Breaking News
More () »

Texas legislative battle over school voucher expansion begins

The Texas Senate on Wednesday afternoon began debating SB 8, which considers what is commonly referred to as "school choice."

SAN ANTONIO — A Texas Senate committee has begun debating the controversial school voucher expansion bill championed by both Gov. Greg Abbott and Lt. Gov. Dan Patrick. 

SB 8 would allow parents to receive $8,000 a year -- that figure is reported by Sen. Brandon Creighton at the time of this article's writing -- per child whom they choose to enroll in private education. School districts of fewer than 20,000 students, meanwhile, would be reimbursed $10,000 per child by the state for two years after their departure. 

"It lifts up all children and at the same time emboldens and empowers parents in their right to choose the arena that they want their child educated in," Sen. Donna Campbell said. "We are giving parents the option to choose the education that is best for their child."

Creighton said smaller districts under 20,000 would actually receive more money with the student leaving to help make adjustments. He did not know exactly what percentage of school districts in Texas are under 20,000 students, however. 

Not all lawmakers are enthusiastic about the legislation. Senator José Menéndez worried that the vouchers would not be enough to cover private school tuition. 

"If the voucher doesn't cover the cost, how does this provide freedom to the parents who can't afford the other cost? If they can't pay for the tuition and can't pay for the books and the uniforms... how does this provide all parents freedom?" Menéndez asked.  

In response, Creighton said parents were asking why their tax dollars can't be used as they wanted to give them a "fighting chance" to satisfy private tuition. 

"I feel like there are private school opportunities that definitely fit within the dollar amount in our ESA. There are also scholarship efforts, private philanthropy, all kinds of different opportunities to fill that gap and I will partner with you to do exactly that any way we can," Creighton responded.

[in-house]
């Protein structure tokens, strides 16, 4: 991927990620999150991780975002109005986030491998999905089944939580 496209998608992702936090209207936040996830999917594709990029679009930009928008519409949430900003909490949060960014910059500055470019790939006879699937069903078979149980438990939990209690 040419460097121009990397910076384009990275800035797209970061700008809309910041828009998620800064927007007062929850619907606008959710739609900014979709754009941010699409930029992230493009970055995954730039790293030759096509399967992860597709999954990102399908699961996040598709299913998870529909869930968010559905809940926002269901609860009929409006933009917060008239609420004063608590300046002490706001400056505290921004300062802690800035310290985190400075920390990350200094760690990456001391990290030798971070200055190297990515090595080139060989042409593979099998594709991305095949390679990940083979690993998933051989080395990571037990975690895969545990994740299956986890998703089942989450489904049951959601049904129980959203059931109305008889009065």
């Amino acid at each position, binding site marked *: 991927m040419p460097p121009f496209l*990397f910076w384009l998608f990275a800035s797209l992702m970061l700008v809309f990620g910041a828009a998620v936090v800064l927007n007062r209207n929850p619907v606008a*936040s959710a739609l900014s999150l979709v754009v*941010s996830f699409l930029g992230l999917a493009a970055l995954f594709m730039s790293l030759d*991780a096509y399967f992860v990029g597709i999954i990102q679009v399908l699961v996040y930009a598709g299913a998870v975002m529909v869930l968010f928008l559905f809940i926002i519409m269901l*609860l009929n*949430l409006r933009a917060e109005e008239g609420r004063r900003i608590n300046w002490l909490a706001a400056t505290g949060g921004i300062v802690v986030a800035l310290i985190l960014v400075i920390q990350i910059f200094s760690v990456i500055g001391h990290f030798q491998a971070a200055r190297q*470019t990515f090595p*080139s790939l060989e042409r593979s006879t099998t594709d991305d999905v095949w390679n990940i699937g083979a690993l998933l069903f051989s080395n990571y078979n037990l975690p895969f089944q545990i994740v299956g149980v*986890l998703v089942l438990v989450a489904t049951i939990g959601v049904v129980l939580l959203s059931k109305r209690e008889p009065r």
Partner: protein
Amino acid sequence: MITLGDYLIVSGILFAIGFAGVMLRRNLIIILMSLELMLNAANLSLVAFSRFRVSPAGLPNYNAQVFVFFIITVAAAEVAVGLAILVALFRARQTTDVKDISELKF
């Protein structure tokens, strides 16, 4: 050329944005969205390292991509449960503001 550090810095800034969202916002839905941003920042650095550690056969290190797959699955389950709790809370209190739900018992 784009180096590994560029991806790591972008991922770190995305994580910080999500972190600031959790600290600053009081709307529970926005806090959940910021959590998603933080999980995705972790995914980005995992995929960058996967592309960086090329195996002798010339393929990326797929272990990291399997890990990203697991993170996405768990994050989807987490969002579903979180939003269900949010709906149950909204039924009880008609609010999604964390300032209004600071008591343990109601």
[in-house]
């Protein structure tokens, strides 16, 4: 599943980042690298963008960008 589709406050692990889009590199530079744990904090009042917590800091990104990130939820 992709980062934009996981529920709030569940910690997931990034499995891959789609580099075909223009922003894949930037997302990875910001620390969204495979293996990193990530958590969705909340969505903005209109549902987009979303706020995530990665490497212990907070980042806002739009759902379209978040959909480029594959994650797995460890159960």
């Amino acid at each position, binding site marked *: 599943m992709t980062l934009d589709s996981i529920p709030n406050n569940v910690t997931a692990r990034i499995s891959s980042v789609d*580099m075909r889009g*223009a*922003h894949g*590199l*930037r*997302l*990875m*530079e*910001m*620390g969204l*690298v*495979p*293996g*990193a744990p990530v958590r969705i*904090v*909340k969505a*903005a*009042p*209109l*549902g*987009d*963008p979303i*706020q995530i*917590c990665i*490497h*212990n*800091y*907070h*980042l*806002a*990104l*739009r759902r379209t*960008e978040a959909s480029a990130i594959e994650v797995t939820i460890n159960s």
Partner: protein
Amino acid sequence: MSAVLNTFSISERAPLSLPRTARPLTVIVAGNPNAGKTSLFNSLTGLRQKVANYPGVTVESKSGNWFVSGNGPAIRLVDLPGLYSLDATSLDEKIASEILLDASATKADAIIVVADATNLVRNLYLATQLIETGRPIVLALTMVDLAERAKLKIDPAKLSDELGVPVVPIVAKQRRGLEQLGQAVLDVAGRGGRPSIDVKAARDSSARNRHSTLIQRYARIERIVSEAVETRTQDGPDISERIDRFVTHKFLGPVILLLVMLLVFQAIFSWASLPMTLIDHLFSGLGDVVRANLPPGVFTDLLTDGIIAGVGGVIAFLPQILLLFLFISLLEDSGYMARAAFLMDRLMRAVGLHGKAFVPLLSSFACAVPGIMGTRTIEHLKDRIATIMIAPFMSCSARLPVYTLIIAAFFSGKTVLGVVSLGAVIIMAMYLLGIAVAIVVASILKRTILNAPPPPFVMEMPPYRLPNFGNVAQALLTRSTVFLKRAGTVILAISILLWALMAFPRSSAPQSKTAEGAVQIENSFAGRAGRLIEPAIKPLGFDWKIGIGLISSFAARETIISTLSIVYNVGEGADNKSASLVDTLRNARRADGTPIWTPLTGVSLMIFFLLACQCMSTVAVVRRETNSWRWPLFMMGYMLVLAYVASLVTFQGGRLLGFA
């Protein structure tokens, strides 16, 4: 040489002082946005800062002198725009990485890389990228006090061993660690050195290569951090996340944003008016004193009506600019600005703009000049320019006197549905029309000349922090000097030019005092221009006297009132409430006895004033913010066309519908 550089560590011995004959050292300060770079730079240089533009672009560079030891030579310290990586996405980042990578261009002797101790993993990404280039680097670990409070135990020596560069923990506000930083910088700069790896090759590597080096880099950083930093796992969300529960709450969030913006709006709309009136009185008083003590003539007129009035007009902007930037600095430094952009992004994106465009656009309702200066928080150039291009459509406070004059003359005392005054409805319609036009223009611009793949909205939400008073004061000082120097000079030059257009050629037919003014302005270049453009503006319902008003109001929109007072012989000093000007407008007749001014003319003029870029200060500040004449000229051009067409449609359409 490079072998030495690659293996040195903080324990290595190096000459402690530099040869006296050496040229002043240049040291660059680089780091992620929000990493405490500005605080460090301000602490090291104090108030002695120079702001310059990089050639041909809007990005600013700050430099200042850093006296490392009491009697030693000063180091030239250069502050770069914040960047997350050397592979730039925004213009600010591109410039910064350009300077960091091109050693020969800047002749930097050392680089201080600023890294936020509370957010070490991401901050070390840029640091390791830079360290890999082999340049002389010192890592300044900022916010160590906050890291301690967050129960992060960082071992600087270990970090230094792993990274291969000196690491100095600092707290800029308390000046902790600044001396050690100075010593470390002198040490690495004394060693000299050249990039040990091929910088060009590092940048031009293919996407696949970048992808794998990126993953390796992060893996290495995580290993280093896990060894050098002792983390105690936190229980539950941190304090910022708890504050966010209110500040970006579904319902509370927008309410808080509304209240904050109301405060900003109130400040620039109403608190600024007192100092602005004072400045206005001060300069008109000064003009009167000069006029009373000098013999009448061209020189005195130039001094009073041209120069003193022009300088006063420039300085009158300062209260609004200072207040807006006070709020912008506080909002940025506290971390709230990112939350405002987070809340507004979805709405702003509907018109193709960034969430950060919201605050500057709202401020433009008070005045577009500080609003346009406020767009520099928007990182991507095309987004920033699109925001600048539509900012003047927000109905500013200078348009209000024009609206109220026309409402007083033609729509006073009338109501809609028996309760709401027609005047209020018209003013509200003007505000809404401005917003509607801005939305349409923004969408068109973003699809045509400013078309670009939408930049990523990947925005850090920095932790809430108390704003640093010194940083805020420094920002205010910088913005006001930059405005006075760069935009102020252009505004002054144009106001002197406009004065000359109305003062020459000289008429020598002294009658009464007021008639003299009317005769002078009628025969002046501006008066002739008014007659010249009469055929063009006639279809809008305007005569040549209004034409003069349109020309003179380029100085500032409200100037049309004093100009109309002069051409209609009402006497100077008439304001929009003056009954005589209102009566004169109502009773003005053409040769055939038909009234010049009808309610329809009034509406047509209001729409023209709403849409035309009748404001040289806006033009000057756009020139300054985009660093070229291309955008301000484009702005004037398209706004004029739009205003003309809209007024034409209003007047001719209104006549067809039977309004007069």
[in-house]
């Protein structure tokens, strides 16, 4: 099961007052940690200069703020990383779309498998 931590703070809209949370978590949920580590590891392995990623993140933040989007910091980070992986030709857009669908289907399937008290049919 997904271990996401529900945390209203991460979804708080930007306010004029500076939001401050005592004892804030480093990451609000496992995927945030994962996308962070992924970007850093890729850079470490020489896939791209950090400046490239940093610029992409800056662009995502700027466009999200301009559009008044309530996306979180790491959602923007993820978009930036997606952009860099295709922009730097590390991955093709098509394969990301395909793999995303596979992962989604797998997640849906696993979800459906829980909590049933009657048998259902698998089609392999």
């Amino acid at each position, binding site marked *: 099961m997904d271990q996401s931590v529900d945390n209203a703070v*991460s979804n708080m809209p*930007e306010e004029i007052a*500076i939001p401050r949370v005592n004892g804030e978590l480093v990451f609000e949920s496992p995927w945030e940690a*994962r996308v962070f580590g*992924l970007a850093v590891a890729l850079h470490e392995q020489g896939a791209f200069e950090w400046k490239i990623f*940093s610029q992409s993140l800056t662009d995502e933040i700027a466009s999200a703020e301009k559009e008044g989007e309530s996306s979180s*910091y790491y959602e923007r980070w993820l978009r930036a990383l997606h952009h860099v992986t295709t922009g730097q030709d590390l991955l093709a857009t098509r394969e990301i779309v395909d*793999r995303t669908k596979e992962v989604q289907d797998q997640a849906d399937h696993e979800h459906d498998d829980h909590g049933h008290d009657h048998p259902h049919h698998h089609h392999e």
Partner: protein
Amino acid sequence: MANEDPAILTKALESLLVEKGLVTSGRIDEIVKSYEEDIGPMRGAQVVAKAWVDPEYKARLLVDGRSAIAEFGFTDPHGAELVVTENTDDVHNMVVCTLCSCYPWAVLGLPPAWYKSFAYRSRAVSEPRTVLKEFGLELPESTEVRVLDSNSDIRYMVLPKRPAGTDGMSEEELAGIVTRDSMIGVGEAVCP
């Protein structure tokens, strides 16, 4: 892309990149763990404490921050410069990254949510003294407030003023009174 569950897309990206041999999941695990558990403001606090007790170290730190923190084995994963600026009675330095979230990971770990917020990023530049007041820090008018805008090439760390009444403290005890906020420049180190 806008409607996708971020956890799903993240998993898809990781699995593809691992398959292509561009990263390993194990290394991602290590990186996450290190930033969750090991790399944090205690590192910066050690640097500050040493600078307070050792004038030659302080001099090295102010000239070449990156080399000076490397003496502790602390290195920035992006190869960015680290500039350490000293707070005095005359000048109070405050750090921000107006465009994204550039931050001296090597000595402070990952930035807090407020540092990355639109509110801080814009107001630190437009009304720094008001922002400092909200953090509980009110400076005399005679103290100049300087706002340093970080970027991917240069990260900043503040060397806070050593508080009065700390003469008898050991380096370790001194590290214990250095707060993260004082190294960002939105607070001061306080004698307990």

"The TSA just put out new safety standards and I'm concerned that these safety standards won't apply to all these (private) schools that we are now moving children to. That's a concern,"  Menéndez said. "I think if this bill would pass into law, it would move us backwards in terms of equity for tax-payers across the state." 

Senator Royce West expressed concern that similar programs used in other states were not working well. 

"There are reports the programs aren't working in terms of achievement, " West said. "In Arizona, 80% of persons taking advantage of the program are from the private schools and the wealthiest families in the state. Why is this good policy?"

Creighton responded by saying that, based on the data he'd seen, performance was even or slightly better compared to before the policy was enacted. 

"What we've seen in Arizona, Florida, what Utah is doing... there is a grass fire that is lit right now," he added. "It's driven by parents and families just asking for what they deserve. I've built a file of success for where we see successful programs across the country." 

Follow the progress of S.B. 8 here

Before You Leave, Check This Out